About my Blog

I am writing this blog from a radical political point of view. To be a political radical is to examine everything critically. It is about taking today's news, today's unmentioned news, history, or even just the way we think about ideas, and adding a totally new perspective to them. If you are a radical, and a socialist, like me, you will agree with a lot of what I have to say. If not, I hope I at least make you think about things that you previously took for granted. Most of all, I hope everyone enjoys this blog.

About Me

I have just graduated from college, where I wrote opinion pieces for my school newspaper. Though I started out a liberal, I have moved far to the left since then. Despite my politics being different from most people, many people found a lot of what I had to say interesting and insightful. I hope to continue challenging people to think here on my blog.

Tuesday, July 28, 2009

How to be a Pessimist and an Idealist at the Same Time

This is an introductory post. Well, sort of. Of course, no one can really write an introduction that sums up everything. So I'll simply start with some thoughts.

I've been thinking about my approach to politics and what makes it different from conventional political thought. There are many reasons why my approach is different. One of these is how I view the present and the future.

A quote from Marxist thinker Antonio Gramsci states: "I'm a pessimist because of intelligence but an optimist because of will." I would state what I think slightly differently. Most people would think I'm a pessimist based on my view of the present. Yet most people consider me more than just an optimist based on my view of the future. They would call me an idealist.

Believing that the world is a terrible place, but that change is possible, is the strongest possible position to take against the status quo. Change becomes both possible, and necessary. Of course, such a view is dangerous to those with power. Consequently, conventional wisdom encourages people to take the opposite view.

The most extreme version of conventional wisdom is that the world is fine the way it is, but that even if it isn't, change is impossible. Of course, most people have a less extreme version of this view. Many people, particularly those who call themselves "liberal" or "progressive," strongly believe that the world is in need of change. But from this perspective "change" means making small adjustments to an otherwise acceptable status quo. By contrast, I believe that the system as a whole is fundamentally flawed, and cannot be fixed, but that a new system is both possible and necessary.

Let me make this more concrete. I'll take the example of the solution to the current financial crisis, and the immoral (and often illegal) banking and investment practices that caused it. A liberal would say "We need to regulate the banks. We let them get too far out of control, and that this caused the crisis." (If you are conservative, you might talk about individual responsibility, which is a topic for another post).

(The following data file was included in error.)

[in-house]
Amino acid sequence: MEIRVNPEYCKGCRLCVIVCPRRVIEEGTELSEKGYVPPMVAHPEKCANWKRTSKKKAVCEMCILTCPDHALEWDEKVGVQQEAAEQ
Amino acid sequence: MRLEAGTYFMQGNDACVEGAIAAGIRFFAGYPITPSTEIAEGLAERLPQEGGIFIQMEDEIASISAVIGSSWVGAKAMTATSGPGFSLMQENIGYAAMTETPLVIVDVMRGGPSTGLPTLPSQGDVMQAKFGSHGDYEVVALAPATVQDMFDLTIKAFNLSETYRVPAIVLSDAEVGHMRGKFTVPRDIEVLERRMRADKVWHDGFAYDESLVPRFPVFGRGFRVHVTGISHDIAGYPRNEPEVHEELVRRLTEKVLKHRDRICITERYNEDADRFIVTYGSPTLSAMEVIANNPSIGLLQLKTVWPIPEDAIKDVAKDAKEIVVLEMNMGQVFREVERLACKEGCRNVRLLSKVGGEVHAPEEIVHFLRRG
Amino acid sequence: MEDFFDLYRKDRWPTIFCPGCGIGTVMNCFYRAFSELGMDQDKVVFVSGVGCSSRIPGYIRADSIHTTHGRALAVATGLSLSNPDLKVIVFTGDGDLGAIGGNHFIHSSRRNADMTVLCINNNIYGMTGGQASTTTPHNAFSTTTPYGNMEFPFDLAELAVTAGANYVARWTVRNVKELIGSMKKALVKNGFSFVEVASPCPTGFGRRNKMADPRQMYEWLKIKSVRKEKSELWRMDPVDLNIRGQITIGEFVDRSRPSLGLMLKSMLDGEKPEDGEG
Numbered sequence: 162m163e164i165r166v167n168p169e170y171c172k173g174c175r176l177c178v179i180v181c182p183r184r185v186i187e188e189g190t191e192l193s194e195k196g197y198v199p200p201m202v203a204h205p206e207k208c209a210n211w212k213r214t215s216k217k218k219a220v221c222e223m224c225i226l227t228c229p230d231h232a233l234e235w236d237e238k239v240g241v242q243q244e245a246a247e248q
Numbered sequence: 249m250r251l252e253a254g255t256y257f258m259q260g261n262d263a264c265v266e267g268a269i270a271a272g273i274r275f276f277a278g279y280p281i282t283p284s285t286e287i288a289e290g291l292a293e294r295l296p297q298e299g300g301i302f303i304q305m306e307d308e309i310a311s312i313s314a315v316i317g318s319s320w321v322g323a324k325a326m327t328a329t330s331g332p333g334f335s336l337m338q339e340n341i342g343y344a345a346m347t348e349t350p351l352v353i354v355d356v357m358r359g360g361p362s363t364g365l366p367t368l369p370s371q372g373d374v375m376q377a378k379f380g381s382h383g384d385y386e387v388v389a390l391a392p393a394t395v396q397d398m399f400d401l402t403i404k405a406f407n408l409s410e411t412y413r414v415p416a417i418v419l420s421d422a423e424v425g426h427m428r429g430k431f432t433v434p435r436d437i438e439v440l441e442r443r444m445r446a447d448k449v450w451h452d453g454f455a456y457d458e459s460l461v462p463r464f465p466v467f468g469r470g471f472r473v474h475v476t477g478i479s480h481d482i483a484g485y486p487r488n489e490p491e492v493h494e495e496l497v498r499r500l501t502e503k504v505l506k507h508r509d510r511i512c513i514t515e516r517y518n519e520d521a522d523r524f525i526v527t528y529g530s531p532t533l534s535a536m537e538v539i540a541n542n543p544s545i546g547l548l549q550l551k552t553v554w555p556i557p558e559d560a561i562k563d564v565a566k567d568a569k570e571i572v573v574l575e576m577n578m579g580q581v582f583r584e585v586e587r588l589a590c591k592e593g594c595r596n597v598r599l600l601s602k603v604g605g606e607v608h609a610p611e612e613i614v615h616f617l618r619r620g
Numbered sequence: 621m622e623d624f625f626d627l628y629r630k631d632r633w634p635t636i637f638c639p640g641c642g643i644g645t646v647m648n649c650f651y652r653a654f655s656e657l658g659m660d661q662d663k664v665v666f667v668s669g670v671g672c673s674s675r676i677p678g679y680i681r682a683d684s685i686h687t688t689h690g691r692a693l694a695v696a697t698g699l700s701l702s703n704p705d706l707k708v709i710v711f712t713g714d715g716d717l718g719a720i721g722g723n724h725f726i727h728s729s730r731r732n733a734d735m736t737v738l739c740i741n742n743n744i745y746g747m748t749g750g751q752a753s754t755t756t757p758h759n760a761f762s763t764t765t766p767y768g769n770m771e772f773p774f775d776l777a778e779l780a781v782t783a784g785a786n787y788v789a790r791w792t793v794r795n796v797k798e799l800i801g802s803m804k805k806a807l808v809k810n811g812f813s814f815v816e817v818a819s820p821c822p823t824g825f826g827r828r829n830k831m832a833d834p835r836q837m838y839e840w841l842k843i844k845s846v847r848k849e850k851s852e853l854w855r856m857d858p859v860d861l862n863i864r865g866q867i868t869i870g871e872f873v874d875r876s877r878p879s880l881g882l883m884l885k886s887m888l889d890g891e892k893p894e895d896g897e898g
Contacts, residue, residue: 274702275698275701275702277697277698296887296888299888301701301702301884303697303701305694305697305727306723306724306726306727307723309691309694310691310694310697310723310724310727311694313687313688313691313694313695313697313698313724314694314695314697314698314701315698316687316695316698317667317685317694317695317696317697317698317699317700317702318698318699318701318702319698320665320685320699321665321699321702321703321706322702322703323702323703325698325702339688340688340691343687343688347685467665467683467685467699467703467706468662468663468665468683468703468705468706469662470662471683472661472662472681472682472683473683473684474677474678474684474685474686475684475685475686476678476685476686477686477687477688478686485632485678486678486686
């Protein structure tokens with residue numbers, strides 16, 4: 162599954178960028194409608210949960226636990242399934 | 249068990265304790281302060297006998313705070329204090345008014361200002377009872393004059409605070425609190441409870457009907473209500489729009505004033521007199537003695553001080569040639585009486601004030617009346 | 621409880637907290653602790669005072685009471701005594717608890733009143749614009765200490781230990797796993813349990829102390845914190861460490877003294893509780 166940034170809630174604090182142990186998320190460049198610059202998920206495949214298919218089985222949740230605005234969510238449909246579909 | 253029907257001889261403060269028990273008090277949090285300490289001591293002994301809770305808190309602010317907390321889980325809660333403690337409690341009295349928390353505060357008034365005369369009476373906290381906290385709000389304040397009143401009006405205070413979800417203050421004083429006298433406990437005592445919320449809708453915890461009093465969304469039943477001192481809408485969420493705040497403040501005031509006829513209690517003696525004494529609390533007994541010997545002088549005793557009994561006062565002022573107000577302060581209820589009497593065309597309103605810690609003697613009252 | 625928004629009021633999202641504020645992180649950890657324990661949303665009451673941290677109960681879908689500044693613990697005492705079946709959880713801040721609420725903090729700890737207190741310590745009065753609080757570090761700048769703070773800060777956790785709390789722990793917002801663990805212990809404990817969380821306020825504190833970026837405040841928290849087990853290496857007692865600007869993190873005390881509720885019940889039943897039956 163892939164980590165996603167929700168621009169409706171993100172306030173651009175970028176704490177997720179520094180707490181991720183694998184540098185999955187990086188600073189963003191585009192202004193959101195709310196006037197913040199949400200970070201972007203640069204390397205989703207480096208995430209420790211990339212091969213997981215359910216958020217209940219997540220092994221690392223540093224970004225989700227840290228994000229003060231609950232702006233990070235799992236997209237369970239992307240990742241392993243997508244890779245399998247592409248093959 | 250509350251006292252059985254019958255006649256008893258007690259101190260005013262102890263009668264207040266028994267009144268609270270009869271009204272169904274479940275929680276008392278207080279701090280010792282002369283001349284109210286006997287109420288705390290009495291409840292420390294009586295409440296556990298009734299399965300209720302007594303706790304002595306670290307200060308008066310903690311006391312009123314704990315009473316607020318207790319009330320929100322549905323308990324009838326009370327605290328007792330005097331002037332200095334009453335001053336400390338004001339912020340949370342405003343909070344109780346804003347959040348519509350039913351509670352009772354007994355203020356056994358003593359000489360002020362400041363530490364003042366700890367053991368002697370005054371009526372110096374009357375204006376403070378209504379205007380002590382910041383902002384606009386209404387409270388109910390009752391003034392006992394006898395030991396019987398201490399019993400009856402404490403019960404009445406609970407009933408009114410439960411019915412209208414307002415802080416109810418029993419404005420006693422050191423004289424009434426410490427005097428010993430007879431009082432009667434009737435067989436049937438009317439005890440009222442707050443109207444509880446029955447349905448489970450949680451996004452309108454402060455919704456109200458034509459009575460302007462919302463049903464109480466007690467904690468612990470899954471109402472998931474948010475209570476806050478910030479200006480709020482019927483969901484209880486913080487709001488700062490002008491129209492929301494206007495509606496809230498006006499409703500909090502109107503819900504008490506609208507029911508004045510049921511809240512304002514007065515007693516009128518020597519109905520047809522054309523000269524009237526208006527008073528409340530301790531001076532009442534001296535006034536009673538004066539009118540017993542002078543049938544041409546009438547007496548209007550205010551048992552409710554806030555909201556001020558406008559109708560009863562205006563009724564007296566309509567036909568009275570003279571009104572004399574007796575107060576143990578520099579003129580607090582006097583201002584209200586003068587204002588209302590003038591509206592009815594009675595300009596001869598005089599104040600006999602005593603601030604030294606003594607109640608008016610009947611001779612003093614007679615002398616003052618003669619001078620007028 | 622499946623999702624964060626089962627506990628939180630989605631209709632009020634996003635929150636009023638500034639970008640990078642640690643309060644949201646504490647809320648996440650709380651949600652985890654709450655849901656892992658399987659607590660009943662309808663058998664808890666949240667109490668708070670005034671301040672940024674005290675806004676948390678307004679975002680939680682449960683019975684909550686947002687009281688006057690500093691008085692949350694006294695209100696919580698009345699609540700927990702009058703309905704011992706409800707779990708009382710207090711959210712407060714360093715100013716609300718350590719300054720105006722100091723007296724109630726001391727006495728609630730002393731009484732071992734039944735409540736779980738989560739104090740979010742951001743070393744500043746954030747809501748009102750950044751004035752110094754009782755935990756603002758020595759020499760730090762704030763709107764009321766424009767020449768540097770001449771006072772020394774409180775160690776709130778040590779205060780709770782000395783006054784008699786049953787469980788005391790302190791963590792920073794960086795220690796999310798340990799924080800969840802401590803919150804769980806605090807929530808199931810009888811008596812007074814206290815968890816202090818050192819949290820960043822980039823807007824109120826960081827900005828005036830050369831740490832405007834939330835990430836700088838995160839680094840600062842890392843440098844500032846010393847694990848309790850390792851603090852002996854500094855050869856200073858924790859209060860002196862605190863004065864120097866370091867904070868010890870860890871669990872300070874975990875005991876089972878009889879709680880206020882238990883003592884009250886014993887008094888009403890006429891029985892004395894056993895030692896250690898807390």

At first glance, it seems obvious that we need to regulate the financial sector. Indeed it is, if only it were that simple.

A more radical critic like me asks whether it is really possible to simply "regulate" the financial sector. What do we do if the capitalist elite controls the government? As Marx put it in the Communist Manifesto: "The executive of the modern state is but a committee for managing the common affairs of the whole bourgeoisie." If this is the case, asking the government to regulate the financial institutions is a bit like asking the financial institutions to regulate themselves.

We can also look at this example to see different ideas about the future. Progressives might think that the only realistic solution is regulation. They would argue that a rejection of capitalism altogether in favor of socialism is far too utopian. A socialist like me would take the opposite position, and argue that to truly regulate these institutions requires that the capitalists be removed from power. In other words, I'm saying that we need socialism.

I'm not going to get into a whole analysis in this post about why I think we never really can (or never really did) regulate the financial sector. Here I'm simply trying to show that this is a radically different argument than we are used to. We like to think that things can work, and work fairly, for all of us. We even tend to think that they used to be fair back in the day, and that we've simply strayed a little bit. After all, if society used to be fair, then it can be fair again. I think that this is an illusion. It's bad enough that we don't know what is really going on today, because the media constantly lies to us. Why should we believe that we have an accurate understanding of what happened in the past?

Some look at the world and think it is fine the way it is. Others look at the world and think that it needs a few adjustments. People like me look at the world and suggest radical change.

1 comment:

  1. I haven't posted anything in a while, I think my next post will be on how "healthcare reform" and the "public option" is an absolute sham. I'm also trying to see if their are members of congress who get a lot of money from the health insurance industry but still support the public option. This would show that the public option is not as opposed by the health insurance industry as we've been led to believe.